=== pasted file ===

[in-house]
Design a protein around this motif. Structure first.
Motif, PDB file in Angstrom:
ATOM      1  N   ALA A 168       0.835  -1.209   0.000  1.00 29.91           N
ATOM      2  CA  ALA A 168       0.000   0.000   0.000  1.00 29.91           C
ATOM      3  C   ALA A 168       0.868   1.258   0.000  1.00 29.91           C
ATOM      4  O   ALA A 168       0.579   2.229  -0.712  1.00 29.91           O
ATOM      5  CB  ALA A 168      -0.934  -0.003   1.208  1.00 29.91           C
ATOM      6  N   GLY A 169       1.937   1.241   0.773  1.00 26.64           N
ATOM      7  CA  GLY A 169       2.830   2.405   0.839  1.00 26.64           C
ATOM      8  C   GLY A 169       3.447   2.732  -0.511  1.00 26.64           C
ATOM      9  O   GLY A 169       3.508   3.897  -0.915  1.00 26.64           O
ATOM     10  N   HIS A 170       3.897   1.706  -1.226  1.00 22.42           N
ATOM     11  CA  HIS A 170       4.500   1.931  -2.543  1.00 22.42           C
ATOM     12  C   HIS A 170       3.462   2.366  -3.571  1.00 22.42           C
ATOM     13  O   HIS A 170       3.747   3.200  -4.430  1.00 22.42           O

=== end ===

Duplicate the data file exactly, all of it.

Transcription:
[in-house]
Design a protein around this motif. Structure first.
Motif, PDB file in Angstrom:
ATOM      1  N   ALA A 168       0.835  -1.209   0.000  1.00 29.91           N
ATOM      2  CA  ALA A 168       0.000   0.000   0.000  1.00 29.91           C
ATOM      3  C   ALA A 168       0.868   1.258   0.000  1.00 29.91           C
ATOM      4  O   ALA A 168       0.579   2.229  -0.712  1.00 29.91           O
ATOM      5  CB  ALA A 168      -0.934  -0.003   1.208  1.00 29.91           C
ATOM      6  N   GLY A 169       1.937   1.241   0.773  1.00 26.64           N
ATOM      7  CA  GLY A 169       2.830   2.405   0.839  1.00 26.64           C
ATOM      8  C   GLY A 169       3.447   2.732  -0.511  1.00 26.64           C
ATOM      9  O   GLY A 169       3.508   3.897  -0.915  1.00 26.64           O
ATOM     10  N   HIS A 170       3.897   1.706  -1.226  1.00 22.42           N
ATOM     11  CA  HIS A 170       4.500   1.931  -2.543  1.00 22.42           C
ATOM     12  C   HIS A 170       3.462   2.366  -3.571  1.00 22.42           C
ATOM     13  O   HIS A 170       3.747   3.200  -4.430  1.00 22.42           O